A new concern for Apple has come to light with experts suggesting the Cupertino giant could be looking at anything from heavy monetary penalties to jail time for CEO Tim Cook if it continues to deny the FBI’s demand for backdoor access to the San Bernardino shooter’s iPhone.
In an email to Fast Company, Cooper Levenson attorney Peter Fu suggests that if Apple ignores the court order signed by the Magistrate Judge of the US District Court for California’s Central District, the company could be charged with contempt of court. This could be accompanied by heavy fines if the DOJ is able to have its argument upheld on the basis of the All Writs Act, which Apple’s attorneys are looking to challenge.
If Apple is unable to defend itself against said argument, it could be looking at fines ranging from “hundreds of thousands to millions of dollars,” according to Fu. As an example of what course of action could be taken, Andrew Crocker, an attorney with the Electronic Frontier Foundation, quotes a 2014 case that saw the US government use a fine of $250,000 per day, set to double every week, to force Yahoo to share data with the NSA.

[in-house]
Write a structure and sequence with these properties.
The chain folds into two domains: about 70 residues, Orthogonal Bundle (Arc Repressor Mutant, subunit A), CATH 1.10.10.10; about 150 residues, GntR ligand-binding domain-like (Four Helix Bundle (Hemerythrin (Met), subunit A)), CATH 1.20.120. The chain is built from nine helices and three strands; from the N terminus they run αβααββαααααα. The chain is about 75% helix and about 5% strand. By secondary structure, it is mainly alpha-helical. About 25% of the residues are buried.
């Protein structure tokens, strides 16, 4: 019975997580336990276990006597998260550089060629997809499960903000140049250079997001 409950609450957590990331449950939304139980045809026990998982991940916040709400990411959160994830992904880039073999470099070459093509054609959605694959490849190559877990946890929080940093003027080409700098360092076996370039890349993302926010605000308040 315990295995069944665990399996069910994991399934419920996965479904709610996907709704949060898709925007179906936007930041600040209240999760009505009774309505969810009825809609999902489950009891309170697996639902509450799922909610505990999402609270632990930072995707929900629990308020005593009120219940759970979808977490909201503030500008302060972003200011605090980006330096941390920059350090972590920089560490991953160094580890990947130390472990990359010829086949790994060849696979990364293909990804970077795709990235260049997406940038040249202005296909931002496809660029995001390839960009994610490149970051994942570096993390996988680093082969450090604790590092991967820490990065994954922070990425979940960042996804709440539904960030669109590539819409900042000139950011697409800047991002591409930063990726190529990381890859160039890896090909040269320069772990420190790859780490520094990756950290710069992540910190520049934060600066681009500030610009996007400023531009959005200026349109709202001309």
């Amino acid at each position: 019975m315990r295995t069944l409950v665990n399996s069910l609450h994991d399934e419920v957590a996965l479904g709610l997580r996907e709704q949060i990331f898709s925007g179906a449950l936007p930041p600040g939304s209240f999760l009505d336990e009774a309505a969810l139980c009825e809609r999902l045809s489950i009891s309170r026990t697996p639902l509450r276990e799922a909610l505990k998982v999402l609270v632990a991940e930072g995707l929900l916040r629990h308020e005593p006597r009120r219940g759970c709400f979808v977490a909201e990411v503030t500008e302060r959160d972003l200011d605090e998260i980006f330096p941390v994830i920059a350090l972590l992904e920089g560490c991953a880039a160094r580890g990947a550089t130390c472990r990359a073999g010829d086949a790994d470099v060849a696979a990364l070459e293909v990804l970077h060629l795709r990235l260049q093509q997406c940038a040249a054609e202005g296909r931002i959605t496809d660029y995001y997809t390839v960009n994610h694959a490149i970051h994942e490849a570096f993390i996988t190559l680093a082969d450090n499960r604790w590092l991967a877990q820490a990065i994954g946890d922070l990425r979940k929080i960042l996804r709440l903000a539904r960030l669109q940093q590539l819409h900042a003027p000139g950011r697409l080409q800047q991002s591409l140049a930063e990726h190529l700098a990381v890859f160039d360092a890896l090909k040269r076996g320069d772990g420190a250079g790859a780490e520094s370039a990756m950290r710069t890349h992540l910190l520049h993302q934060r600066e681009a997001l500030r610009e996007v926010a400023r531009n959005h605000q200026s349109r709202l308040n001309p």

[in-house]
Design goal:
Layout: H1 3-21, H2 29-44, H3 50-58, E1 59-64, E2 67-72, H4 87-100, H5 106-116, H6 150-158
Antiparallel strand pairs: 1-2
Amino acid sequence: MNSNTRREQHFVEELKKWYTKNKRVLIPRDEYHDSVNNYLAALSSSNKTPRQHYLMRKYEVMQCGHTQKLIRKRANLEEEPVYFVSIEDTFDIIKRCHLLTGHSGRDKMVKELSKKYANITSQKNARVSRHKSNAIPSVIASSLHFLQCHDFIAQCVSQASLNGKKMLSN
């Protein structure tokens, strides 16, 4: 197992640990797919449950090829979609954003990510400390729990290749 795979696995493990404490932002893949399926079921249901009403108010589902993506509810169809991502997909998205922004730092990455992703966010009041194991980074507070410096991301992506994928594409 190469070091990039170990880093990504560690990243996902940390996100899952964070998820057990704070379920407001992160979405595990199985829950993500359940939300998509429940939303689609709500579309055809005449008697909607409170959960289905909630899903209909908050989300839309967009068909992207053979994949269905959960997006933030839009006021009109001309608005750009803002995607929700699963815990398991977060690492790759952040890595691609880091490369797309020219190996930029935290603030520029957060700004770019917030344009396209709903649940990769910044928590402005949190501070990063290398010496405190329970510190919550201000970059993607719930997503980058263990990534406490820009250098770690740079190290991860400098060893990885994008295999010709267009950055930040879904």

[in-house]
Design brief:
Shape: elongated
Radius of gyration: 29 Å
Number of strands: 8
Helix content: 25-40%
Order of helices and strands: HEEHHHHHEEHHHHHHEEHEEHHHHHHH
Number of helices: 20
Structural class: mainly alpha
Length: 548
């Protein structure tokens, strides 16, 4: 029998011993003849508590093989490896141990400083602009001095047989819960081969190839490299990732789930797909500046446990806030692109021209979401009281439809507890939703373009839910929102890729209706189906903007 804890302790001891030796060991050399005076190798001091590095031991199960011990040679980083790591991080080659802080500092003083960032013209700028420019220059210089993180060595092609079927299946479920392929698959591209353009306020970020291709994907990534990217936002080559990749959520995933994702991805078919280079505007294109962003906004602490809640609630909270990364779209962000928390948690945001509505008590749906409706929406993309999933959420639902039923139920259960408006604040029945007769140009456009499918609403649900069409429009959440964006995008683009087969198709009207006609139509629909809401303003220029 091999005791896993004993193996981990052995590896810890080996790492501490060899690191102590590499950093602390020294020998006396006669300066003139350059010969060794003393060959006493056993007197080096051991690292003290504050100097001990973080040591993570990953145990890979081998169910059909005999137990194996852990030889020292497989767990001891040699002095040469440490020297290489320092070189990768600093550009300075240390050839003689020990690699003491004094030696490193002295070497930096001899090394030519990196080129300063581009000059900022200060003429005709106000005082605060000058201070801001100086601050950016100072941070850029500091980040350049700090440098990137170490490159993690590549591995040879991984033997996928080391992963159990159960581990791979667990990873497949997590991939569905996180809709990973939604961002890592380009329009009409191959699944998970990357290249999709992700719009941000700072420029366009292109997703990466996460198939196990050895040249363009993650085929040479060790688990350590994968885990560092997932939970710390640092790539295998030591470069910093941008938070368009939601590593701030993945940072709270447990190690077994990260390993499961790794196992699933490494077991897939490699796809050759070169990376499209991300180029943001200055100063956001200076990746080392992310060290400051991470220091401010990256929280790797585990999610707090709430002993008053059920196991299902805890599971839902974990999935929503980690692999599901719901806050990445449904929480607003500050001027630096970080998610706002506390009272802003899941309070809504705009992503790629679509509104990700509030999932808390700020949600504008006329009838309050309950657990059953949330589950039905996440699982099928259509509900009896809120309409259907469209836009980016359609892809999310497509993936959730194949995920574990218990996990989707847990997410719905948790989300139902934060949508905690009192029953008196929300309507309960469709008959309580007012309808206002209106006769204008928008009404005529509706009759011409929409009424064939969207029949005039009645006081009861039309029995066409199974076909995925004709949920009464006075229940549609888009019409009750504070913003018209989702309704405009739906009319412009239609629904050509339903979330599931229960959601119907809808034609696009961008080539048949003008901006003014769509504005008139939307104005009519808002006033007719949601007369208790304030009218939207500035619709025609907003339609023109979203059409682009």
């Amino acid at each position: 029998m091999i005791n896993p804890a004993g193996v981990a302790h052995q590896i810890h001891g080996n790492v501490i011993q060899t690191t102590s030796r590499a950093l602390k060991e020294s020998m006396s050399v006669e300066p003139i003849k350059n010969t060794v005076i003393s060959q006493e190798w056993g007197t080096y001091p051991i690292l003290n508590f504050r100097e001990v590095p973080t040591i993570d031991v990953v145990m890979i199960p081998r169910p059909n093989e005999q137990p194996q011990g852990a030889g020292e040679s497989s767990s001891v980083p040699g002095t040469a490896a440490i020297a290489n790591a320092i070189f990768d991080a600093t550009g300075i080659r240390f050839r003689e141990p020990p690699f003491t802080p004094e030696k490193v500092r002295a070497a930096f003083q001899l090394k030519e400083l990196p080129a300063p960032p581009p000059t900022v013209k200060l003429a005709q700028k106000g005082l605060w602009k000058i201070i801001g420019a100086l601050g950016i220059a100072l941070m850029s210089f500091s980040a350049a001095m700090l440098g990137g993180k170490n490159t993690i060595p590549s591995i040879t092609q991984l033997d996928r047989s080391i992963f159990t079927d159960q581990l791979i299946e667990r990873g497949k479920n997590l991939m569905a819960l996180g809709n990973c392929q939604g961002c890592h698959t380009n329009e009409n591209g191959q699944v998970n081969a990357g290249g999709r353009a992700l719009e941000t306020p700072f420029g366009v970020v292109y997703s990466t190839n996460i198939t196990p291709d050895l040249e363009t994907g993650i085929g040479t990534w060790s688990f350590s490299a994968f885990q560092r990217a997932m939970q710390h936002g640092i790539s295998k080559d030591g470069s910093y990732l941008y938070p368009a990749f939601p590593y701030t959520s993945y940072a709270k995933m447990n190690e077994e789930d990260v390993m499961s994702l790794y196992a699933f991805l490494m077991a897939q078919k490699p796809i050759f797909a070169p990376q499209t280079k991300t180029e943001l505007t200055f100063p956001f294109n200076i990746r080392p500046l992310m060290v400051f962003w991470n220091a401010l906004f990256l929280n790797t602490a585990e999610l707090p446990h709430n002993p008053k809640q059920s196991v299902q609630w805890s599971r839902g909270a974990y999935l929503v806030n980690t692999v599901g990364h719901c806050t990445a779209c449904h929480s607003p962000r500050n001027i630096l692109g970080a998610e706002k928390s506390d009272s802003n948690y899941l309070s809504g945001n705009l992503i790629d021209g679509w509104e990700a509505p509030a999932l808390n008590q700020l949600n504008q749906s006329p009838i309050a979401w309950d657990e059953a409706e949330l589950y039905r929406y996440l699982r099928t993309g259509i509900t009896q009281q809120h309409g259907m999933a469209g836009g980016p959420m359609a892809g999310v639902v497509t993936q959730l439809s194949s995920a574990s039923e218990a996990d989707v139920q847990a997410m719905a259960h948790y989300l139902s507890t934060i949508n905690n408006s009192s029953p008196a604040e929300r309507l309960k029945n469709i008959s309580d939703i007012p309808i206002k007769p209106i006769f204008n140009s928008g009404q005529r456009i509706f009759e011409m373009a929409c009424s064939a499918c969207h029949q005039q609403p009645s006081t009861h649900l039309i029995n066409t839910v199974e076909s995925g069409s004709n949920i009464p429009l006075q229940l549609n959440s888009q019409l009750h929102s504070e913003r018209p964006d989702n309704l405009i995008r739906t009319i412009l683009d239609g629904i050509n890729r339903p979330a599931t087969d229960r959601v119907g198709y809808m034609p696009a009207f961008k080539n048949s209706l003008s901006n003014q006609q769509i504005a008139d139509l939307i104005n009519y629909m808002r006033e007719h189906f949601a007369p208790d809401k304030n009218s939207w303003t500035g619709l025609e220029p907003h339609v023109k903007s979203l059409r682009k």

Tim Cook has previously expressed his willingness to take this case to the Supreme Court. If it does indeed come to that, however, and Apple still decides to fight the creation of the so-called “GovtOS” backdoor for the FBI, Cook could end up behind bars, or so Fu believes.
“Under these circumstances, there is a universe of possibilities where Tim Cook could actually go to jail for refusing to comply with a lawful order of the court.”
It is believed to be unlikely for the case to carry on to said stage, though, and even more so for it to end in the Apple CEO’s incarceration. It is being argued that imprisonment is likely to turn Tim Cook into a martyr in the fight for digital rights – a state of affairs that could see the government wade into hot water with the general public.
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